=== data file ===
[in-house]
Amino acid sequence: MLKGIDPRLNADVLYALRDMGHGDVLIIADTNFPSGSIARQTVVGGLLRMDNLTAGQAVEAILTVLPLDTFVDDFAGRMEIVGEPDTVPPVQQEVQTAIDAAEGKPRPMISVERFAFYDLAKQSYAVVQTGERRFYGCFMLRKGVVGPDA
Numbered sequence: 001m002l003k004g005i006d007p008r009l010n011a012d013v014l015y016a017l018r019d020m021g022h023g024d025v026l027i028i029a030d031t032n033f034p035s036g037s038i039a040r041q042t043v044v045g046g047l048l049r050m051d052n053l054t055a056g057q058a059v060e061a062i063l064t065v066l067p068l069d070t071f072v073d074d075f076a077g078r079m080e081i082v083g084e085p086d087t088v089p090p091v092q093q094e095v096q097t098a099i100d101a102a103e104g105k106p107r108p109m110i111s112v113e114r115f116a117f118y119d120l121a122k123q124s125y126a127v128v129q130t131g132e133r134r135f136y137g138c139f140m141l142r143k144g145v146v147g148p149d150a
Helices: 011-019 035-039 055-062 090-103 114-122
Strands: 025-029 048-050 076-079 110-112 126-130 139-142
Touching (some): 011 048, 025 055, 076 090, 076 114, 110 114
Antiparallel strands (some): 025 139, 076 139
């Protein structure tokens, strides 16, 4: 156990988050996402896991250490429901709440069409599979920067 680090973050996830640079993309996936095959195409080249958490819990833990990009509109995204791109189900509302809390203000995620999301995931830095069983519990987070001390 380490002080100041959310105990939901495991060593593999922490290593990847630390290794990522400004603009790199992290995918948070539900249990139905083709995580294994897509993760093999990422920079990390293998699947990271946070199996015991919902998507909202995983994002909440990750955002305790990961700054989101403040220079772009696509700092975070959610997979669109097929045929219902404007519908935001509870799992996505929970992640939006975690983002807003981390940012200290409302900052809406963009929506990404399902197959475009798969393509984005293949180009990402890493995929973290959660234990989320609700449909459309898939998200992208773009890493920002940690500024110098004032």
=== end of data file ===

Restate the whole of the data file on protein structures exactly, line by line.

[in-house]
Amino acid sequence: MLKGIDPRLNADVLYALRDMGHGDVLIIADTNFPSGSIARQTVVGGLLRMDNLTAGQAVEAILTVLPLDTFVDDFAGRMEIVGEPDTVPPVQQEVQTAIDAAEGKPRPMISVERFAFYDLAKQSYAVVQTGERRFYGCFMLRKGVVGPDA
Numbered sequence: 001m002l003k004g005i006d007p008r009l010n011a012d013v014l015y016a017l018r019d020m021g022h023g024d025v026l027i028i029a030d031t032n033f034p035s036g037s038i039a040r041q042t043v044v045g046g047l048l049r050m051d052n053l054t055a056g057q058a059v060e061a062i063l064t065v066l067p068l069d070t071f072v073d074d075f076a077g078r079m080e081i082v083g084e085p086d087t088v089p090p091v092q093q094e095v096q097t098a099i100d101a102a103e104g105k106p107r108p109m110i111s112v113e114r115f116a117f118y119d120l121a122k123q124s125y126a127v128v129q130t131g132e133r134r135f136y137g138c139f140m141l142r143k144g145v146v147g148p149d150a
Helices: 011-019 035-039 055-062 090-103 114-122
Strands: 025-029 048-050 076-079 110-112 126-130 139-142
Touching (some): 011 048, 025 055, 076 090, 076 114, 110 114
Antiparallel strands (some): 025 139, 076 139
């Protein structure tokens, strides 16, 4: 156990988050996402896991250490429901709440069409599979920067 680090973050996830640079993309996936095959195409080249958490819990833990990009509109995204791109189900509302809390203000995620999301995931830095069983519990987070001390 380490002080100041959310105990939901495991060593593999922490290593990847630390290794990522400004603009790199992290995918948070539900249990139905083709995580294994897509993760093999990422920079990390293998699947990271946070199996015991919902998507909202995983994002909440990750955002305790990961700054989101403040220079772009696509700092975070959610997979669109097929045929219902404007519908935001509870799992996505929970992640939006975690983002807003981390940012200290409302900052809406963009929506990404399902197959475009798969393509984005293949180009990402890493995929973290959660234990989320609700449909459309898939998200992208773009890493920002940690500024110098004032």